Stretching north from Kardamyli, pebbly Ritsa beach has wonderfully clear waters (occasionally wavy) and a handful of summer bars with sunbeds. There’s decent snorkelling around the submerged ‘reefs’ at the far end. Heading the other way, Kalamitsi cove – below the Leigh Fermor house – is more sheltered, with sandy patches and gently swaying cypress trees.

It’s only a 10-minute drive to Stoupa, where you can get a dose of low-key beach-bar vibe. White-sand Kalogria is the most desirable, with idyllic (and child friendly) shallows, beach volleyball, SUPs to hire, a small dive school, and ranks of loungers. Almiriki Tavern will do you an excellent lunch, too.

Halfway between the two, Foneas feels like a pirate’s cove, with its steep overhanging cliffs and vast obelisk-shaped boulder (from which you can, with care, jump in). The water positively sparkles with reflected sunlight here. A small cafe operates in summer.

Best eats

You’re spoiled for choice in and around Kardamyli: superb traditional tavernas, seafood restaurants, wine bars and more.  Friends of mine have arrived thinking they don’t like Greek cuisine (or Greek wines), and left loving them both.

The pioneer is Lela’s Tavern, with an unrivalled seafront position near the fishing harbour; sunsets are meltingly spectacular. Lela Yianakeas was Leigh Fermor’s housekeeper for many years, and perfected the writer’s favourite Greek dishes, including moussaka, kolokithopita (zucchini pie), slow roast pork and grilled octopus.  Her menus passed to the next generation, who now run the place with a touch more sophistication (and excellent English), but no less charm. Booking essential; note it’s closed in August as well as mid-October to early May.

If it’s full, try seafront Harilaos nearby, for its excellent fresh fish (the grilled sardines are a must) and seafood (we loved the fried squid with fava and dill oil), as well as a multi-storey grilled veg with molten talagani cheese. Or neighbouring Tikla Cuzina has more soigné fare – artistic tapas, fine wines, chic stoneware and more of those mesmerising sea views.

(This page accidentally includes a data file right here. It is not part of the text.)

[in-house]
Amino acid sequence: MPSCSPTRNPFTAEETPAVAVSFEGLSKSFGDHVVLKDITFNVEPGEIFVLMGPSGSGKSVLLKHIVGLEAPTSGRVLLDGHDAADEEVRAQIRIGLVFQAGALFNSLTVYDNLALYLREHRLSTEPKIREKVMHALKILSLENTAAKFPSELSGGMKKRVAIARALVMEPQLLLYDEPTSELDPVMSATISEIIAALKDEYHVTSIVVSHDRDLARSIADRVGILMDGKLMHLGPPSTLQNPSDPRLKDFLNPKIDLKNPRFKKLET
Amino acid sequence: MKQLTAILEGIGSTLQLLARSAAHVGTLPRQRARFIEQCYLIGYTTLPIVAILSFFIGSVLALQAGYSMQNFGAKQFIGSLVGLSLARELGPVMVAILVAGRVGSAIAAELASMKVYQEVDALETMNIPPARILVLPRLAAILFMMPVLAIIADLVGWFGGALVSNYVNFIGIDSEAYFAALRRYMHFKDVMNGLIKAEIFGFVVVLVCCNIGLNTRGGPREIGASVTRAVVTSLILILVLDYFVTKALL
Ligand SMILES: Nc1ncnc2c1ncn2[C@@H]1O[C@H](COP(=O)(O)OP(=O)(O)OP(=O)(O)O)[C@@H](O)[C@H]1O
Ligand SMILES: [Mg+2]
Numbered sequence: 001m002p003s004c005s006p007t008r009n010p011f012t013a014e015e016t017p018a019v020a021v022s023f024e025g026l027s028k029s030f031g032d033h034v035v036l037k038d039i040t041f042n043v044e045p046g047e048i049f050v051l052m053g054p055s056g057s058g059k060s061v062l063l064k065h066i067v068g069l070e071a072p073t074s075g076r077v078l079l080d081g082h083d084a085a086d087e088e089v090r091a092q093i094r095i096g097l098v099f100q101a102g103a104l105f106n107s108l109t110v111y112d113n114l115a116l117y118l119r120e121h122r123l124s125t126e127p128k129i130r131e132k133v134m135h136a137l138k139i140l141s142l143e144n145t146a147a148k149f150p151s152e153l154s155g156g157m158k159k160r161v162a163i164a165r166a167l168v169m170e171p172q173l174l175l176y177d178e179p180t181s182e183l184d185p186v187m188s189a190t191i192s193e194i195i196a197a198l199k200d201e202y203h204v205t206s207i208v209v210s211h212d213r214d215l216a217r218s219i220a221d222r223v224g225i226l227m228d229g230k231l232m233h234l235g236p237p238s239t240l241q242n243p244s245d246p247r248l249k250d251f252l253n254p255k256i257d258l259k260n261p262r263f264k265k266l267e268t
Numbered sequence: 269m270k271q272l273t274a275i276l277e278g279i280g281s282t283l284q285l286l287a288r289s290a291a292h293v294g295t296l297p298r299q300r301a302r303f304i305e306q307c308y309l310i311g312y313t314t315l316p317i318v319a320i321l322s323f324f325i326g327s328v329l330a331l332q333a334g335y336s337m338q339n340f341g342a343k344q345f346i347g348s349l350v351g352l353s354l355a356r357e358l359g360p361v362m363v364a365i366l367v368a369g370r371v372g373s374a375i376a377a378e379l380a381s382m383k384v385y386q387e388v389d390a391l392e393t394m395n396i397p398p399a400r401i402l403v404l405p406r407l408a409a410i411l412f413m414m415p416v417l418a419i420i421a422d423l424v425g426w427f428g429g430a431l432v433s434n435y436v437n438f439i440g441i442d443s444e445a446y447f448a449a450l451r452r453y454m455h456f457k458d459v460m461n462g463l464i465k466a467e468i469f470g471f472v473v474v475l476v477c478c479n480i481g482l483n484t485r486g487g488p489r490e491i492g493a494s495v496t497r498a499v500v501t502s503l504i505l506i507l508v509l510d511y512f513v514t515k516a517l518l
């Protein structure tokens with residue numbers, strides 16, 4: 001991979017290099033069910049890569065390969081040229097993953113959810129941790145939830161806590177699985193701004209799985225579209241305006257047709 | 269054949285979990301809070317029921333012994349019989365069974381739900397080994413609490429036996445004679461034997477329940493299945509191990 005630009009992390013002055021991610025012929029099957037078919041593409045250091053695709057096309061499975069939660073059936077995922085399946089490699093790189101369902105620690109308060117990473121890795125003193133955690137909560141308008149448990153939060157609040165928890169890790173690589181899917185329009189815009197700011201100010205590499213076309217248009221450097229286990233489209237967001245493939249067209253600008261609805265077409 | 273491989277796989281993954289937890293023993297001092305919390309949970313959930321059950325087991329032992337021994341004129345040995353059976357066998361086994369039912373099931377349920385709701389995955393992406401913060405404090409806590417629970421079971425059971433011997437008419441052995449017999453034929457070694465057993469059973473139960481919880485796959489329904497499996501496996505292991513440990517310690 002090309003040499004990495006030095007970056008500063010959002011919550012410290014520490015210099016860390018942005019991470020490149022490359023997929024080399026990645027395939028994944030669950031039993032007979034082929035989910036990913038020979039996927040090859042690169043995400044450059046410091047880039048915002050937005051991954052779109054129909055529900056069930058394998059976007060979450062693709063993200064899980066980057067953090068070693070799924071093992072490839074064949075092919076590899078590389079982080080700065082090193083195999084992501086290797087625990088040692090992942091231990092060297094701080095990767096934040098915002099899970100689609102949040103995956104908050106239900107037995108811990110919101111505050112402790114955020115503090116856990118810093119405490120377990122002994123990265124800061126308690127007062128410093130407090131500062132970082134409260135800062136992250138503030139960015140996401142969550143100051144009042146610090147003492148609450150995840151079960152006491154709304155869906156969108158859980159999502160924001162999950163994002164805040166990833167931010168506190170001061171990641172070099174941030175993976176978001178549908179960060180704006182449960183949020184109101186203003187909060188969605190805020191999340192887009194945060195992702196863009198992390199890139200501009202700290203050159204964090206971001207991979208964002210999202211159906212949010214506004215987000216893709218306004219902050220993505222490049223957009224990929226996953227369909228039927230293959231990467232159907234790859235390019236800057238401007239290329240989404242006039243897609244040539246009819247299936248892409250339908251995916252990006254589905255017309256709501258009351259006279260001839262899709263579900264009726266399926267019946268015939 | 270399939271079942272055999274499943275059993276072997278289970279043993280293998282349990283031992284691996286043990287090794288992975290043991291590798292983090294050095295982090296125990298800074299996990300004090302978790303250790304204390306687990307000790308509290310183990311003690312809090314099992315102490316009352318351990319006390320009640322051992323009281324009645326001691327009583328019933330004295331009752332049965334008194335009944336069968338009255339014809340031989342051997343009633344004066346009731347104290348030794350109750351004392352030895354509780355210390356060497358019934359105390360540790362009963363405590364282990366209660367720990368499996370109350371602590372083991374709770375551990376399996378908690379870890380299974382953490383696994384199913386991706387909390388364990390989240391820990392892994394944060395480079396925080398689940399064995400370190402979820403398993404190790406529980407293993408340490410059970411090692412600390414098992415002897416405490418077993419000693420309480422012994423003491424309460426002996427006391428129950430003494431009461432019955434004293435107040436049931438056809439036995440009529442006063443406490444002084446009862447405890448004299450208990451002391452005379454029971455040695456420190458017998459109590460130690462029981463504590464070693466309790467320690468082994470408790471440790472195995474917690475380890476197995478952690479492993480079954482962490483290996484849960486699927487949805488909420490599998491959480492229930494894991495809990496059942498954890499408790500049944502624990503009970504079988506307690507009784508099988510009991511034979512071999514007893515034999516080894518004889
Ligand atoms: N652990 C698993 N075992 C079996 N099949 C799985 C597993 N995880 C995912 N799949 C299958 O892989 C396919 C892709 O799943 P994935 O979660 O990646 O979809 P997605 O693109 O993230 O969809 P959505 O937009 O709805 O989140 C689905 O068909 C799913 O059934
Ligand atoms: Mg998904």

For a change of scene, head to the far end of Ritsa beach where, amongst the olive groves, you’ll find open-air Elies. It’s a staggeringly beautiful spot for a post-swim lunch, or (from May-September) dinner under the stars. And chef-owner Fani also  happens to produce some of the most delicious, succulent, authentic Greek cuisine that I’ve ever tasted (and having lived half my life in Greece, I’ve tasted plenty).

Fancy a night in? Grab an excellent pizza from Pizza Manina by the supermarkets: the dough is super-crisp and light, the toppings fresh and original (try fig and gorgonzola!). Or there’s proper, no-frills souvlaki at Kalamaki Souvlaki Bar. Takeaway or eat in (there’s an olive-shaded garden to the rear), it’s the kind of place you just help yourself from the drinks fridge and they tot it up at the end.

Finally, if you’re in Stoupa, the pick of the tavernas is Almyriki (on Kalogria beach) –  whether grilled mullet or snapper, tuna with orange dip, local lamb with oregano, black-eye bean salad, or a classic tomato-feta-cucumber, we’ve never had a bad dish there.

Best Shops

For Greek wines and olive oil – to take home, or try before you buy – you can’t beat Psaltiras. Nikos’ knowledge is unrivalled, the vibe urbane, and he’ll offer you a platter of cheese or cold cuts while you taste and ponder.

My wife loves browsing the women’s summer wear and accessories at Anokhi on the main road. Meantime I nip into Equinox bookstore and check if any new guides have appeared to the area (there are interesting publications on local herbs and cuisine); or I chat to the staff at 2407m about hiking and biking trails, while surreptitiously browsing their latest backpacks.

Best excursions

Talking of backpacks, the guys at 2407m can organise bespoke mountain adventures, including an ascent of Taygetos’ summit (after whose altitude the shop is named), or the slightly lower but more accessible Anina. They also offer some memorable e-bike tours (we loved the sunset one), and hire out all manner of two wheelers: MTB, racer, gravel and kids’ bikes. But take it from us: you want an e-bike.

If you’re more of a sea baby, try the kayaking tours arranged by Explore Messinia: starting from the fishing harbour you’ll visit a translucent blue sea cave, the islet of Meropi and several secret swimming spots.

Where to stay in Kardamyli

More places to stay